An unregulated forex trading firm is set to go into liquidation leaving retail investors millions of pounds out of pocket.
Hudspiths, which recently established ventures in Dubai and Luxembourg, has appointed insolvency practitioners UHY Hacker Young to oversee a creditors' voluntary liquidation.
This follows attempts by creditors to wind the company up after it stopped paying returns late last year, which the company blamed on banking problems.
The firm had promised investors interest of up to five per cent a month which it said it would generate through trading in risky foreign exchange derivative products.
According to a letter to creditors from the liquidator, seen by City A.M., Hudspiths has an estimated £7.3m in its trading accounts, of which £6m is in third party accounts.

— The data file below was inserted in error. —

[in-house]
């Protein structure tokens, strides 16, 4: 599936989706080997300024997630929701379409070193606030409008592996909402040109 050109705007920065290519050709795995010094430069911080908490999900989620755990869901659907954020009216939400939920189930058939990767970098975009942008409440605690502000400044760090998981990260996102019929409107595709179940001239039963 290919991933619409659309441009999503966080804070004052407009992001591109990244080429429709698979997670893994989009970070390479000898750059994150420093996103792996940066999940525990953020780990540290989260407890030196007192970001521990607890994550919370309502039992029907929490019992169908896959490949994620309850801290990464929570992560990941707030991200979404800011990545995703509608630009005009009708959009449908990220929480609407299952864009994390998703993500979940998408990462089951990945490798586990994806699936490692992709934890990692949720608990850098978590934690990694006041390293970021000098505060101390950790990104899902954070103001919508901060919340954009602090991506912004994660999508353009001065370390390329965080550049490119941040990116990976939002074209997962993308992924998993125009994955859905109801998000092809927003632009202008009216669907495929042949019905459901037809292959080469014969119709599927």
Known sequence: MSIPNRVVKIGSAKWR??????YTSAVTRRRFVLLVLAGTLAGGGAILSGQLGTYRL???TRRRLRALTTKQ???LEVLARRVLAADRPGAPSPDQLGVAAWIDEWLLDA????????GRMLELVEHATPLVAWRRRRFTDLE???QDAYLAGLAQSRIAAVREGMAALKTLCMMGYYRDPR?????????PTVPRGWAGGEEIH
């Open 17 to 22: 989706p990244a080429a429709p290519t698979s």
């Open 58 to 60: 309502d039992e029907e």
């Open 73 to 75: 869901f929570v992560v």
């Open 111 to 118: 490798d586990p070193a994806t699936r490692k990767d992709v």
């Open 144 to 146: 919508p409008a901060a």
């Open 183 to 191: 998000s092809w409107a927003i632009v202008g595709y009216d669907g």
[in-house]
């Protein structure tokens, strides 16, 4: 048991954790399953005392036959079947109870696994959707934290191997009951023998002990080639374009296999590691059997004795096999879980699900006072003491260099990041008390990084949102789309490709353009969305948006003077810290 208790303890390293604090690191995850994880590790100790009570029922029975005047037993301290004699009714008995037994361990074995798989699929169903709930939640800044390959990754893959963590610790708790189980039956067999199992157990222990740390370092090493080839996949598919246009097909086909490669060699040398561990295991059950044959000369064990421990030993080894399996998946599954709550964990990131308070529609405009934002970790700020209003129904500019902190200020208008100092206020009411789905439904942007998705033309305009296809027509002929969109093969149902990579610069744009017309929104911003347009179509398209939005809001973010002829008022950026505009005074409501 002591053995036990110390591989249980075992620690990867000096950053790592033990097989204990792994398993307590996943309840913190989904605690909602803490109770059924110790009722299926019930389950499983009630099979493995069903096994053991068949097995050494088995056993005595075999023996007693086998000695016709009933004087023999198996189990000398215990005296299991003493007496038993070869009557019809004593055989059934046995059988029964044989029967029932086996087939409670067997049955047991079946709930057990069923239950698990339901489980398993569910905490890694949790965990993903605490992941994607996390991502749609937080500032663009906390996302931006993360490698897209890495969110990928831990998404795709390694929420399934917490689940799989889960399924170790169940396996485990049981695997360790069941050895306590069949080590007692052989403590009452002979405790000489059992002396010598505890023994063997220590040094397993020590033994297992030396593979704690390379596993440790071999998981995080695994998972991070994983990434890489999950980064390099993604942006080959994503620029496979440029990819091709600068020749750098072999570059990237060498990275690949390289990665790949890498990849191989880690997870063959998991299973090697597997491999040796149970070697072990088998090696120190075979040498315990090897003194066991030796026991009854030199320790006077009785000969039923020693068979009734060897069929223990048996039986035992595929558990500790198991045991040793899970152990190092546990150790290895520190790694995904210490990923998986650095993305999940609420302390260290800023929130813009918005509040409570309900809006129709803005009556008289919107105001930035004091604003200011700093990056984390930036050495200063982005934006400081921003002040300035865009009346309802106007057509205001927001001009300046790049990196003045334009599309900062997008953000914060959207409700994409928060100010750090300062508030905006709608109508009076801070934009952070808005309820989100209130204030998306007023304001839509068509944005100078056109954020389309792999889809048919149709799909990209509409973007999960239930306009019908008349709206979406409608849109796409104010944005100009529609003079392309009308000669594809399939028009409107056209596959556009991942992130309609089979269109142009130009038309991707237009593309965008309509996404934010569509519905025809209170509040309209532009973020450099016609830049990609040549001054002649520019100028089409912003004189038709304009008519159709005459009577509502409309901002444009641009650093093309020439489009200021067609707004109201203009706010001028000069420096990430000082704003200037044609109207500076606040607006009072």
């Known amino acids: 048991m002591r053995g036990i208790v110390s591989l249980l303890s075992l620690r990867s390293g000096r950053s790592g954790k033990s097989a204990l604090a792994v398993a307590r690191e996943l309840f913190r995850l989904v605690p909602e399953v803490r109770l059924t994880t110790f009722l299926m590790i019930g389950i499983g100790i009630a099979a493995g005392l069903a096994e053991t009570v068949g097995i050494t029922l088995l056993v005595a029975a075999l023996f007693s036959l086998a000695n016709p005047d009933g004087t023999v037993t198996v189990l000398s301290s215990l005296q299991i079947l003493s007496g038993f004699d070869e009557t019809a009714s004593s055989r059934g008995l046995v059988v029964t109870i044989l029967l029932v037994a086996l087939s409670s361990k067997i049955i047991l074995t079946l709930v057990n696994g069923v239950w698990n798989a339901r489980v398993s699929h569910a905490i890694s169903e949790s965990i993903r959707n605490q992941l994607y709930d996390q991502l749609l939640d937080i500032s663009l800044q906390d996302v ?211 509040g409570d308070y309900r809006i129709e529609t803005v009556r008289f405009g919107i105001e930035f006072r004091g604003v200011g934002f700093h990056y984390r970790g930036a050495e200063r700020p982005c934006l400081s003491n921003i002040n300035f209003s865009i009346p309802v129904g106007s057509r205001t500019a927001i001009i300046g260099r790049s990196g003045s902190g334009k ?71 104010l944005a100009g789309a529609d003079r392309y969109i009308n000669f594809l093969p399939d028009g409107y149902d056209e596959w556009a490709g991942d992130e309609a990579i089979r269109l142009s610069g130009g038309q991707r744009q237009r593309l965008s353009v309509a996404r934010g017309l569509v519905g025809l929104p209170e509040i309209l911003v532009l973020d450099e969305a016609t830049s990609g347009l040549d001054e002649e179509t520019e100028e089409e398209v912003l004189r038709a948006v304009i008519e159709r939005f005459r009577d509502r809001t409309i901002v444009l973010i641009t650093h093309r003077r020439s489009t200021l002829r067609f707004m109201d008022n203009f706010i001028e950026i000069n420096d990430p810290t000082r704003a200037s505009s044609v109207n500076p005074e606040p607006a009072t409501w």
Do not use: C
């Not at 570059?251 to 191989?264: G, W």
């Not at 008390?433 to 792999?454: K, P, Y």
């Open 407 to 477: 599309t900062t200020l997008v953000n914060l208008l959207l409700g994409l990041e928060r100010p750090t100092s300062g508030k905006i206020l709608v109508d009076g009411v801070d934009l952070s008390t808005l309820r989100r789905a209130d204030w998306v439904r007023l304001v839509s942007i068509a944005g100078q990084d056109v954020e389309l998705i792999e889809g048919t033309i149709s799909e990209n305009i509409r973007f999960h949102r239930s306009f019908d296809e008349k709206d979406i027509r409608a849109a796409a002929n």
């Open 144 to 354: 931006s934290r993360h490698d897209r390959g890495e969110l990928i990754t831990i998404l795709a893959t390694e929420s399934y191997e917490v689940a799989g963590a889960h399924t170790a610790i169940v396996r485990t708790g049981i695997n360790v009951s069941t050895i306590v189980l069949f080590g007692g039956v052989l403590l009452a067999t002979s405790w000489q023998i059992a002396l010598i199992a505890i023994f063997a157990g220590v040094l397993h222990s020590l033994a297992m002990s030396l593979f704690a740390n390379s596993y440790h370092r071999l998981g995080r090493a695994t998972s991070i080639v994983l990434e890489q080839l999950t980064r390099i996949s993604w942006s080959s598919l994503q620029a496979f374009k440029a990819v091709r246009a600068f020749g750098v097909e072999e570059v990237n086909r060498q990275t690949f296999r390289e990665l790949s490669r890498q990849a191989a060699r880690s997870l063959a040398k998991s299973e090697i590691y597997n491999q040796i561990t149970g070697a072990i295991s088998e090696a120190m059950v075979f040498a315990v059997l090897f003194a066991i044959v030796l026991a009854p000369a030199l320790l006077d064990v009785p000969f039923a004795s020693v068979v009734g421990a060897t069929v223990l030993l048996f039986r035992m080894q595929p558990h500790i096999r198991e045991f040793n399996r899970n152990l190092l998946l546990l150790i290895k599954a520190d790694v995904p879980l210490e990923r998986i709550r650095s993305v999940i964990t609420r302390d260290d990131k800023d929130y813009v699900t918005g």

The liquidator wrote that he was “uncertain as to the recoverability of these funds”.
According to photos of its trading platform from November 2018, Hudspiths had over £70m in funds.
Read more: Forex 2019: Dollar rally to fade?
Speaking to City A.M., chief executive Karl Lubieniecki said that figure represented funds traded on behalf of some of its larger clients.
He said at least £50m had been pulled out of the firm in recent weeks.
Lubieniecki said the firm received around £10m in investment from clients in the UK.
He also said the overseas branches of Hudspiths were completely separate companies which had now cut any ties with the UK business.
Lubieniecki, whose now-deleted Linkedin account pictures him posing on a luxury yacht, became the registered owner of a six-bedroom neo-Georgian house in Swindon in June 2018, according to the Land Registry.
The house has been put on the market in recent weeks with a £2m price tag.
Speaking to City A.M. last month, Lubieniecki said the house belonged to one of his overseas investors.